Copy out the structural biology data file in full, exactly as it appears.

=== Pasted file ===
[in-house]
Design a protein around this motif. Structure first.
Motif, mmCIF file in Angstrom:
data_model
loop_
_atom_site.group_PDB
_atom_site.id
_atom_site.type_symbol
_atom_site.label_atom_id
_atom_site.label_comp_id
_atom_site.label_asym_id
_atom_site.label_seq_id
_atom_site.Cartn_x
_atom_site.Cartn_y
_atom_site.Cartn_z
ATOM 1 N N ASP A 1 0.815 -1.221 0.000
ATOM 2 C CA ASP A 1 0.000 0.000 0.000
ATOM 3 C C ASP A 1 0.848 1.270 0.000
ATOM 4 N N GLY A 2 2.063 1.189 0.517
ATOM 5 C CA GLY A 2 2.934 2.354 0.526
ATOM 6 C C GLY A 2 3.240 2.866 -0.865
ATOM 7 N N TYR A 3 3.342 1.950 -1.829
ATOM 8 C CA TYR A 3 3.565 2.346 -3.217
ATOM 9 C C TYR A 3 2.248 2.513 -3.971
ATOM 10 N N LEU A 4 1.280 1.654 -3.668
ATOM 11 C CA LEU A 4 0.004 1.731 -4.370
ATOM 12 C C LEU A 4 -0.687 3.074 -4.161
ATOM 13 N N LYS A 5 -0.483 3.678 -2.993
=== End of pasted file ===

[in-house]
Design a protein around this motif. Structure first.
Motif, mmCIF file in Angstrom:
data_model
loop_
_atom_site.group_PDB
_atom_site.id
_atom_site.type_symbol
_atom_site.label_atom_id
_atom_site.label_comp_id
_atom_site.label_asym_id
_atom_site.label_seq_id
_atom_site.Cartn_x
_atom_site.Cartn_y
_atom_site.Cartn_z
ATOM 1 N N ASP A 1 0.815 -1.221 0.000
ATOM 2 C CA ASP A 1 0.000 0.000 0.000
ATOM 3 C C ASP A 1 0.848 1.270 0.000
ATOM 4 N N GLY A 2 2.063 1.189 0.517
ATOM 5 C CA GLY A 2 2.934 2.354 0.526
ATOM 6 C C GLY A 2 3.240 2.866 -0.865
ATOM 7 N N TYR A 3 3.342 1.950 -1.829
ATOM 8 C CA TYR A 3 3.565 2.346 -3.217
ATOM 9 C C TYR A 3 2.248 2.513 -3.971
ATOM 10 N N LEU A 4 1.280 1.654 -3.668
ATOM 11 C CA LEU A 4 0.004 1.731 -4.370
ATOM 12 C C LEU A 4 -0.687 3.074 -4.161
ATOM 13 N N LYS A 5 -0.483 3.678 -2.993